Final tweaks, and I'm ready for a nervous first week
If I had to use one word to describe this last week, it's hectic.
The lead in to the Tour de France is nearly as exhausting as riding it. In my last blog before the Dauphiné I mentioned that I was hopeful of hitting top form about this time after a bit of illness and I'm pleased to say that I've got there.
My run into the Dauphiné was nowhere near ideal. To come away and be second at a race like that, for me this time while last year or even two years ago, that would have been absolutely incredible. But after the season I've had, winning Paris-Nice, and the two seasons Sky has had, second is a good result but you just roll on to the next one. What it's really done is given me a bit more confidence going into the Tour. There was a lot of guys there being touted for the podium at the Tour and I guess they've got a lot of tweaks to do too but Chris and I had just as much to improve on as they did. I don't think Alberto would have been super-chuffed losing 2:17 or whatever it was to me in a time trial. The key thing is that we're not being complacent. We've seen what Alberto can do, take last year's Vuelta for example or pretty much his whole career, but we're expecting a fight. It's not just Alberto, there's a lot of other guys out there gunning for us.
While the Tour has been drawing closer, it doesn't really change the way we train. We haven't done a massive taper after the Dauphiné. Five of us from the Tour team went to Châtel, so we had a little bit of recon and generally tried to keep healthy. With a few last minute adjustments, everyone tries to lose a couple of kilos and now everyone's turned up with new haircuts which makes you instantly look leaner.
The mechanics really earn their cash at this time of year, too. We've recently got new time trial bikes. I got mine almost a month ago and there's been little things to tweak – the handle bar set up for example. My right handle bar has only just arrived. The Pinarello Bolide is a big improvement on the last bike we got but just before the Tour, it makes it hectic. The mechanics are out there building up nine brand new bikes and anyone that's seen a time trial bike being built knows that it's not easy. There are cables going everywhere! You only need to look at it to see that it's a much cleaner, more aerodynamic bike. To ride it, it's ten times different. It's stiffer, it corners better and generally feels like a much better time trial bike.
I've had a few sleep-ins cut short as well. In the last three weeks, with the Dauphiné I've been tested nine times – three or four of those have been out-of-competition. People said at the start of the year that there wasn't a hell of a lot of testing out-of-competition but we were still getting it at races. In the lead-up to the Tour, the stakes are just that much higher so the testers have been busy. Now, people will probably suggest 'oh, he's being target-tested,' but you know what? Stuff it. If you're doing the Tour, this is normal; there's a lot more testing.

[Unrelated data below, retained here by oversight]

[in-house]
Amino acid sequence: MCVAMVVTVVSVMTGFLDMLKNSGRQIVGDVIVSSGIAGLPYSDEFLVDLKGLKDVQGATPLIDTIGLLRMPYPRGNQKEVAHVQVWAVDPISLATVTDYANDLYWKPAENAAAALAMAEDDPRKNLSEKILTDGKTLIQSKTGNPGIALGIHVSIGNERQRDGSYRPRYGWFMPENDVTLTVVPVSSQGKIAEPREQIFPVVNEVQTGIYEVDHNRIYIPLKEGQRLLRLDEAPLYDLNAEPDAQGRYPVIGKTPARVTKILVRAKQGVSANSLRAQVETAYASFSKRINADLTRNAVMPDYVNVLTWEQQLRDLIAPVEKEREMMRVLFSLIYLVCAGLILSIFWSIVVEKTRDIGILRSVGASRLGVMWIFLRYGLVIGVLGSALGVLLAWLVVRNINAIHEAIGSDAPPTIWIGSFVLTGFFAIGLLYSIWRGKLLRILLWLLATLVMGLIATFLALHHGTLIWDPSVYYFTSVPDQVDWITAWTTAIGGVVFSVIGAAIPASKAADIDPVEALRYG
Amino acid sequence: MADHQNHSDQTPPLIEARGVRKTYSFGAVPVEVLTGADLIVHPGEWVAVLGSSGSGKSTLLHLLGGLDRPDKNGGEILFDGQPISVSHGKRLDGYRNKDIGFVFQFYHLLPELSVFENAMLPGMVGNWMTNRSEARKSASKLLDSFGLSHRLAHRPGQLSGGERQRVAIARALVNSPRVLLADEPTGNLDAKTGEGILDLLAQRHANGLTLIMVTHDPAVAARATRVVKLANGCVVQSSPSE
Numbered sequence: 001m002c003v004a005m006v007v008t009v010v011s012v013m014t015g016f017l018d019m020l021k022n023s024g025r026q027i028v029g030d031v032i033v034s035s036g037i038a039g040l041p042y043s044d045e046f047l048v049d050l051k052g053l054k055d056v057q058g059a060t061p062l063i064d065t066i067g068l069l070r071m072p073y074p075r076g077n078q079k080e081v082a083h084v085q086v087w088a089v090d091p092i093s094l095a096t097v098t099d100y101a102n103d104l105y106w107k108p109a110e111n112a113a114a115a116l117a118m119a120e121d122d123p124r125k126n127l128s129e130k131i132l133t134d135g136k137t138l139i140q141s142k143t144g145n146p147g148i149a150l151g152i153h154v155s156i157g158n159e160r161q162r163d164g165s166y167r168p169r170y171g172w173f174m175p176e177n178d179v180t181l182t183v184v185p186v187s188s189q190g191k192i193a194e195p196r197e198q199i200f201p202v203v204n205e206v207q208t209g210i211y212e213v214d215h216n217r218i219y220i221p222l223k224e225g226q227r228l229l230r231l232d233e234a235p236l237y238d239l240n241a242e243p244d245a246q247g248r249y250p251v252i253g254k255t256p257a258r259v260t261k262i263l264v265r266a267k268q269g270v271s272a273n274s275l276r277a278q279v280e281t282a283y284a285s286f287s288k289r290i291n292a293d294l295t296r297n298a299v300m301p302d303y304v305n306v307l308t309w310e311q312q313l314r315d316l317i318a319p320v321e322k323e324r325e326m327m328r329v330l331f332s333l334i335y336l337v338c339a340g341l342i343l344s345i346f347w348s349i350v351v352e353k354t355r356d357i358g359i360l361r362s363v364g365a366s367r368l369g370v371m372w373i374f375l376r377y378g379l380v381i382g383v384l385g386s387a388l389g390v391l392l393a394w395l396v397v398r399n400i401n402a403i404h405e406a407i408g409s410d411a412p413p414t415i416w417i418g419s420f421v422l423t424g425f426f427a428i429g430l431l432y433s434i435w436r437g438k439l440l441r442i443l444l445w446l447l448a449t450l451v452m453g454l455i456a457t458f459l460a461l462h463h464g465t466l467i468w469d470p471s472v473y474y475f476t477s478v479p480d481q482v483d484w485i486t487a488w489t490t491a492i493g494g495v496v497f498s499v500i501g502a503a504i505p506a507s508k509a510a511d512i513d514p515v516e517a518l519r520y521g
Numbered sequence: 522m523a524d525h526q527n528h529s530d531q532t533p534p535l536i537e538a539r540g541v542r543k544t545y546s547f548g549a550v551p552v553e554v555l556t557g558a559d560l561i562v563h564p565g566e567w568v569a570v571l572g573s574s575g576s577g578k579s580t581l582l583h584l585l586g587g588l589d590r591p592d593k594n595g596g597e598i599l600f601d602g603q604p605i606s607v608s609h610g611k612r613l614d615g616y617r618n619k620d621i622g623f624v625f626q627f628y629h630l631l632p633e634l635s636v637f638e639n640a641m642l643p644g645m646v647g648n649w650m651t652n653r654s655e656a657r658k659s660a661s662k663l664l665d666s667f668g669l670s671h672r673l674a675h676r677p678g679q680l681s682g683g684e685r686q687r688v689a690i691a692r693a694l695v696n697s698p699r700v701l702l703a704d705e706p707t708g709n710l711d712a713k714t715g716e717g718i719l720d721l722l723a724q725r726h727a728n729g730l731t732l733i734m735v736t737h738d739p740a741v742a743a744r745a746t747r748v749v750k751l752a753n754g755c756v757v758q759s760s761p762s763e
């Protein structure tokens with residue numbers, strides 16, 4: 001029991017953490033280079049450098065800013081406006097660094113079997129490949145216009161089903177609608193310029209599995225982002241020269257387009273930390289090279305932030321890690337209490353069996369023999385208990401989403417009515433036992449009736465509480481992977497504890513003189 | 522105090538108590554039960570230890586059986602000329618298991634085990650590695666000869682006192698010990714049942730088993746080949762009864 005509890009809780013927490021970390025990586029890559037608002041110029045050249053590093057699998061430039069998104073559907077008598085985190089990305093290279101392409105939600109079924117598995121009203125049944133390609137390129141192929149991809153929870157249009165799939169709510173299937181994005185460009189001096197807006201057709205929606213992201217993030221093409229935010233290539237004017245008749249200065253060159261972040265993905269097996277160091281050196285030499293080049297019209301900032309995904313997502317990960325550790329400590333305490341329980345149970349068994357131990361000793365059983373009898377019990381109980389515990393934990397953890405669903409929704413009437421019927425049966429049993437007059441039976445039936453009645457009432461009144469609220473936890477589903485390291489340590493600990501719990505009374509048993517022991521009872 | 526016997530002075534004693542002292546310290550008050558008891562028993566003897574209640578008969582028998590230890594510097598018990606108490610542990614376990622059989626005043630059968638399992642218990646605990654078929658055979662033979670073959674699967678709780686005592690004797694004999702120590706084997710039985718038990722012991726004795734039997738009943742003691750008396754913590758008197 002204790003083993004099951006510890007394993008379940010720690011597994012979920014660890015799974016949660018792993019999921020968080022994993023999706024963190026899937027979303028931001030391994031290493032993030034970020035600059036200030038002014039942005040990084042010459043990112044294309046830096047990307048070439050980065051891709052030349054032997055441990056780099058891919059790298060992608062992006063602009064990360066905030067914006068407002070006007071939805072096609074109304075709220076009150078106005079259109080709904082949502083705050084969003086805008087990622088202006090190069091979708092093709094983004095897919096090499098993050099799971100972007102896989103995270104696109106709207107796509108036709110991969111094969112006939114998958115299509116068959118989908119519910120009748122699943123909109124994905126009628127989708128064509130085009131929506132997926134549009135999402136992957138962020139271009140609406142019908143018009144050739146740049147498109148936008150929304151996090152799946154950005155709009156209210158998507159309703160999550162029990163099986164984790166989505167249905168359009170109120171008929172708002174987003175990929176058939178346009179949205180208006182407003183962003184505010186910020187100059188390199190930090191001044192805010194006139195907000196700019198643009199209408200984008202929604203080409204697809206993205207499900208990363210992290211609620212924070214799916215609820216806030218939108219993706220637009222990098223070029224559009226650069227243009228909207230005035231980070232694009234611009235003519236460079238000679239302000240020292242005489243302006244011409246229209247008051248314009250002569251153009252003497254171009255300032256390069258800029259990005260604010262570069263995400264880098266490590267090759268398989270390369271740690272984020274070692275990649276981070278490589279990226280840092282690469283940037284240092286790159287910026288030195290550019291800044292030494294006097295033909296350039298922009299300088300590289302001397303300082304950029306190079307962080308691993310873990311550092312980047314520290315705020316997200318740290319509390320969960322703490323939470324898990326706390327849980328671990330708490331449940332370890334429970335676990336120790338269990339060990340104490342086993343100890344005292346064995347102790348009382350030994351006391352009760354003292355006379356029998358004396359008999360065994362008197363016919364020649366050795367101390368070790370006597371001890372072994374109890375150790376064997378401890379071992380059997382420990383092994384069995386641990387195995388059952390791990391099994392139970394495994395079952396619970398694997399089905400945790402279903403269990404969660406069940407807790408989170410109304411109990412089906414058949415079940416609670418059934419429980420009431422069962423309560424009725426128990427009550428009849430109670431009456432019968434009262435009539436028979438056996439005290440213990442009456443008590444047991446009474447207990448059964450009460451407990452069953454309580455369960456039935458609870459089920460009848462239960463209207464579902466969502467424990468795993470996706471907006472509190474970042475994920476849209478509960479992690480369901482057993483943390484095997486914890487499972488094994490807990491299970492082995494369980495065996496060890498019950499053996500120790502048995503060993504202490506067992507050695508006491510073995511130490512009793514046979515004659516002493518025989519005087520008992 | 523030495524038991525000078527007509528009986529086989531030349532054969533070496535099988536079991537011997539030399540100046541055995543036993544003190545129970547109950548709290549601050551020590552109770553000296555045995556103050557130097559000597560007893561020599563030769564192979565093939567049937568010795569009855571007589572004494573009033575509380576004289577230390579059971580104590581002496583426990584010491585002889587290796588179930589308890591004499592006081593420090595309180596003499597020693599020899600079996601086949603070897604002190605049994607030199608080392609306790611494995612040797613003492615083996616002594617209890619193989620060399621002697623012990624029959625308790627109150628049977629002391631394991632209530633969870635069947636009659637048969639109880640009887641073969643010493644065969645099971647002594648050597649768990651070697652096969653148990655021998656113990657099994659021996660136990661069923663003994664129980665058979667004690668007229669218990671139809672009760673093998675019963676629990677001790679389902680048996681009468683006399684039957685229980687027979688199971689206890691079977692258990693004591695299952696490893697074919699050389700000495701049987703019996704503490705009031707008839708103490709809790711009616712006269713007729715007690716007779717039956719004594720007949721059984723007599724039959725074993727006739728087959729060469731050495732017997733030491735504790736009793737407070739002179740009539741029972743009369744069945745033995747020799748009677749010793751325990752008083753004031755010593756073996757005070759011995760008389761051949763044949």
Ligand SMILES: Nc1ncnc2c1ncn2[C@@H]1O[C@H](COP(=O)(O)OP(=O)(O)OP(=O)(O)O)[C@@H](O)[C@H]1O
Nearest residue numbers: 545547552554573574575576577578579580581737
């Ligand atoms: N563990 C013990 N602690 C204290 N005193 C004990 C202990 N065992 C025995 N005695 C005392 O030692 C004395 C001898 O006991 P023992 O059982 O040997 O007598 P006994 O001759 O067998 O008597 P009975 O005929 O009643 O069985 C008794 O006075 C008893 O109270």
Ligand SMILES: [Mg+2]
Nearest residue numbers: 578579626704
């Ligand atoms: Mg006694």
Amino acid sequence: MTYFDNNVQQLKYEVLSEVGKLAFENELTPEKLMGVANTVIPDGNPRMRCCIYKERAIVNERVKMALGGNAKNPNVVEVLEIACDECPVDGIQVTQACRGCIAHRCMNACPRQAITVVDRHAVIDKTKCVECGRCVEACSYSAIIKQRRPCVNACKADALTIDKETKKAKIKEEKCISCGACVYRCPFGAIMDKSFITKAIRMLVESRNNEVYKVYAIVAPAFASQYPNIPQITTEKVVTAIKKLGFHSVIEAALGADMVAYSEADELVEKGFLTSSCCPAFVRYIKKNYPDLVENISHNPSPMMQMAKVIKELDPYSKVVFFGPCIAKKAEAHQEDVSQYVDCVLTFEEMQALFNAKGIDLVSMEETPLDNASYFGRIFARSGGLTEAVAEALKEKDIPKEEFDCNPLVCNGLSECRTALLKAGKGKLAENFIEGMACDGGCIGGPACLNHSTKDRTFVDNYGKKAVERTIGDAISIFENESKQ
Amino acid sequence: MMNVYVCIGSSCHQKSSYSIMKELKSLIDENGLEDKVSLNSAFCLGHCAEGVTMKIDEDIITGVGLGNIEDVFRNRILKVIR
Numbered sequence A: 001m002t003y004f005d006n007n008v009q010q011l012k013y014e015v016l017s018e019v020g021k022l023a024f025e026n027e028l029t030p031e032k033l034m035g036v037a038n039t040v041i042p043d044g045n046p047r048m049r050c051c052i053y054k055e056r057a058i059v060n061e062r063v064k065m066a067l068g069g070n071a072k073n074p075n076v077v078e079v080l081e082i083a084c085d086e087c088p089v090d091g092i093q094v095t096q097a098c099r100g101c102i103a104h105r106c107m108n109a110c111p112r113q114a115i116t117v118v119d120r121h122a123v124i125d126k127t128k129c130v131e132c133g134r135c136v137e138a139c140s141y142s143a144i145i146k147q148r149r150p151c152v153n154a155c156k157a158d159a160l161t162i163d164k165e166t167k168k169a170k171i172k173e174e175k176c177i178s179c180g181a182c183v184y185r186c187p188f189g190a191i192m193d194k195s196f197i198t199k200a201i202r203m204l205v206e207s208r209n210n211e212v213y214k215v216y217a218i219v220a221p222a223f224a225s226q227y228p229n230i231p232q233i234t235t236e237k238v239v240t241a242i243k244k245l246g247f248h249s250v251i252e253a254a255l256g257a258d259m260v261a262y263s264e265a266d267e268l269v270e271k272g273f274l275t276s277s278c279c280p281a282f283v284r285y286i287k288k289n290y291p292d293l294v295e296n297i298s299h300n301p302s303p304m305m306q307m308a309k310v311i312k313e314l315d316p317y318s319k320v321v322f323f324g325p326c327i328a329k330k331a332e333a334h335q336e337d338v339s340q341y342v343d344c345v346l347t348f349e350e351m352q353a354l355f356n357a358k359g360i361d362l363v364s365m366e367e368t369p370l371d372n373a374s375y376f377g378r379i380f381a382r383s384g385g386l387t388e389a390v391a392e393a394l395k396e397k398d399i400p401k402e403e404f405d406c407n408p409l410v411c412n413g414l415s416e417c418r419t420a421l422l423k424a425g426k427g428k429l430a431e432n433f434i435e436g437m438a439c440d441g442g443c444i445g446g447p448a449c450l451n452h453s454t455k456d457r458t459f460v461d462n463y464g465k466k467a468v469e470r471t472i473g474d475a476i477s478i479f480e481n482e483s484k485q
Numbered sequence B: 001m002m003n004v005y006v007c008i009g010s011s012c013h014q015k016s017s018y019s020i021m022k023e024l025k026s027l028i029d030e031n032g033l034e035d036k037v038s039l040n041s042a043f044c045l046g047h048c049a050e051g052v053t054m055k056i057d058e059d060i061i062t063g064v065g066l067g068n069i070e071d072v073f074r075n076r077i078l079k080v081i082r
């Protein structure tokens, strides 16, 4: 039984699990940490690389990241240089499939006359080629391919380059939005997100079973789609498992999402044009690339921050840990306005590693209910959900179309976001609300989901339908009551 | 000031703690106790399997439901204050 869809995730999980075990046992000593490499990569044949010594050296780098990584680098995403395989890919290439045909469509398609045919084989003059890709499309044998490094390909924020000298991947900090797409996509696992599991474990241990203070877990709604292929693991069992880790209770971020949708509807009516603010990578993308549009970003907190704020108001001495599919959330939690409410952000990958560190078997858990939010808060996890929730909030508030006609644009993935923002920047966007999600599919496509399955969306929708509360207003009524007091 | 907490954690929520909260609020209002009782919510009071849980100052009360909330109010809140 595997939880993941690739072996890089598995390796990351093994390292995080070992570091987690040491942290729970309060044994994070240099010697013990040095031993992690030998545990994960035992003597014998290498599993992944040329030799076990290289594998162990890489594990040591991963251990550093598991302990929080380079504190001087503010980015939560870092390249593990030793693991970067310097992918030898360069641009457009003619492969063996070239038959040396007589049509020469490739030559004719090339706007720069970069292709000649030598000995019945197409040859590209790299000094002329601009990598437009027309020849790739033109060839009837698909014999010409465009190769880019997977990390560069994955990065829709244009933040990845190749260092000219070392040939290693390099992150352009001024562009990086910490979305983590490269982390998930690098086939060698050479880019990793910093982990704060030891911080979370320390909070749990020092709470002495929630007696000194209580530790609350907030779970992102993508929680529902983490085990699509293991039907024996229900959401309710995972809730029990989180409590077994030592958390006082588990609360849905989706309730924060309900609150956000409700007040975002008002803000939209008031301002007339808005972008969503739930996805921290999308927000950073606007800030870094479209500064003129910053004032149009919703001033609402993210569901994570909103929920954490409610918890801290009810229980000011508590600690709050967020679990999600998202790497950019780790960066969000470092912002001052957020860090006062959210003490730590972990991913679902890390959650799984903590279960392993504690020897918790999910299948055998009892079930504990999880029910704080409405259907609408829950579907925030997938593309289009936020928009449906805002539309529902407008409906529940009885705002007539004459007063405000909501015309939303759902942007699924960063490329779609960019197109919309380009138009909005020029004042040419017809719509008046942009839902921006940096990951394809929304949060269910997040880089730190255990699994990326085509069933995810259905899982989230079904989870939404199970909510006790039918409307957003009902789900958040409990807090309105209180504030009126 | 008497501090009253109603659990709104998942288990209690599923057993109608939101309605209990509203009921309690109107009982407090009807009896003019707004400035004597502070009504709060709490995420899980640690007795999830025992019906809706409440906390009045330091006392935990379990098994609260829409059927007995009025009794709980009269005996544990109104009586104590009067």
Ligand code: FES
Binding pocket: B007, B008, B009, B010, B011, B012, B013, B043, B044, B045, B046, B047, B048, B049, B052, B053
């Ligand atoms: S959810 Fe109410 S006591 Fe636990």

So, what to expect at the 2013 Tour de France?
I've seen people having their two bobs worth saying that last year was a boring Tour, but that's their opinion and they love to voice it. This year will be different. You look at Contador, Valverde, Rodriguez and some of the other guys – they're quite explosive climbers so I guess that's how they're going to take it up to us. We've got our style of riding, people say it's boring or robotic or whatever but if you want a clean sport then it comes with the territory. I love it when the armchair experts say that Chris rides off an SRM. Cycling's not mathematical. Some of the times that he's been criticised for doing that, he doesn't even have an SRM on. For example, that last stage of the Dauphiné he'd swapped bikes and he still rode away from everyone. I'm sure I'm going to get slaughtered for saying that, but I really don't care.
The first week of racing is always stressful but this time around, probably more so without a prologue. Corsica in itself is not exactly ideal for a peloton of this size in such a big race, but it's just how it is. It's going to be exciting to watch on television anyway. We've been here before; we did the Critérium International and we rode basically the whole course in March – where we were able to, it was snowing – so some of it we did in the car. There's some pretty technical roads to contend with in the first few days so someone will be losing time, we've just got to hope that it is not us.
If things go to plan and I don't have to sacrifice too early in the climbs for Chris, looking at the Dauphiné and every other race that we've done this season, it is possible for us both to be there at the finish. However, the main goal is to support Chris and to put him on the top stop come Paris. I'm just going to do my job and see what happens.
- Richie Porte
Richie Porte is in the form of his burgeoning career, not an easy task considering the Australian shot into public consciousness in 2010 winning the Giro d'Italia's young rider classification and holding a place in the GC's top-10 for the duration of the grand tour - all as a neo pro.
Following his victory at Paris-Nice and runner-up overall placings at Critérium International and Vuelta al Pais Vasco, the Team Sky climber is about to take on the Ardennes for the very first time before building up to the Tour de France. Join Porte as he takes Cyclingnews along for the ride.
- Date published:
- March 11, 04:00
A last minute swap swaps Porte from Paris-Nice to Tirreno-Adriatico
- Date published:
- January 14, 21:00
Looking ahead to the first WorldTour race of 2014
- Date published:
- July 14, 2013, 23:15
Getting the job done with a week to go